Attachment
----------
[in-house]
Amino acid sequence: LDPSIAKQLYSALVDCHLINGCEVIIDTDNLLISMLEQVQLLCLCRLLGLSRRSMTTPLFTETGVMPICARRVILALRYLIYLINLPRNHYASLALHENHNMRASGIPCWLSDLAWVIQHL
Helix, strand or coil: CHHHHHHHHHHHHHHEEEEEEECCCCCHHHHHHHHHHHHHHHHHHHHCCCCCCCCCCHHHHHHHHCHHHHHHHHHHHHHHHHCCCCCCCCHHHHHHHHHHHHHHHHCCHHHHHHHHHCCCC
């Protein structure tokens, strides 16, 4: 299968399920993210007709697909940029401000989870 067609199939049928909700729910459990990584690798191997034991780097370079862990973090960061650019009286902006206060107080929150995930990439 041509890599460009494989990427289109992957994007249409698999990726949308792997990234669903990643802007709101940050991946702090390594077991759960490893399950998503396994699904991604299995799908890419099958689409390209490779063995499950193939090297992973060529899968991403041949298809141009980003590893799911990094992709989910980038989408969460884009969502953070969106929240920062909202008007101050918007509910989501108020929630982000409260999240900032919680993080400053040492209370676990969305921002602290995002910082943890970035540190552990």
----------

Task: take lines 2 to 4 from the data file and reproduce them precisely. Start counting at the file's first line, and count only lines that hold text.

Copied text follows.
Amino acid sequence: LDPSIAKQLYSALVDCHLINGCEVIIDTDNLLISMLEQVQLLCLCRLLGLSRRSMTTPLFTETGVMPICARRVILALRYLIYLINLPRNHYASLALHENHNMRASGIPCWLSDLAWVIQHL
Helix, strand or coil: CHHHHHHHHHHHHHHEEEEEEECCCCCHHHHHHHHHHHHHHHHHHHHCCCCCCCCCCHHHHHHHHCHHHHHHHHHHHHHHHHCCCCCCCCHHHHHHHHHHHHHHHHCCHHHHHHHHHCCCC
């Protein structure tokens, strides 16, 4: 299968399920993210007709697909940029401000989870 067609199939049928909700729910459990990584690798191997034991780097370079862990973090960061650019009286902006206060107080929150995930990439 041509890599460009494989990427289109992957994007249409698999990726949308792997990234669903990643802007709101940050991946702090390594077991759960490893399950998503396994699904991604299995799908890419099958689409390209490779063995499950193939090297992973060529899968991403041949298809141009980003590893799911990094992709989910980038989408969460884009969502953070969106929240920062909202008007101050918007509910989501108020929630982000409260999240900032919680993080400053040492209370676990969305921002602290995002910082943890970035540190552990």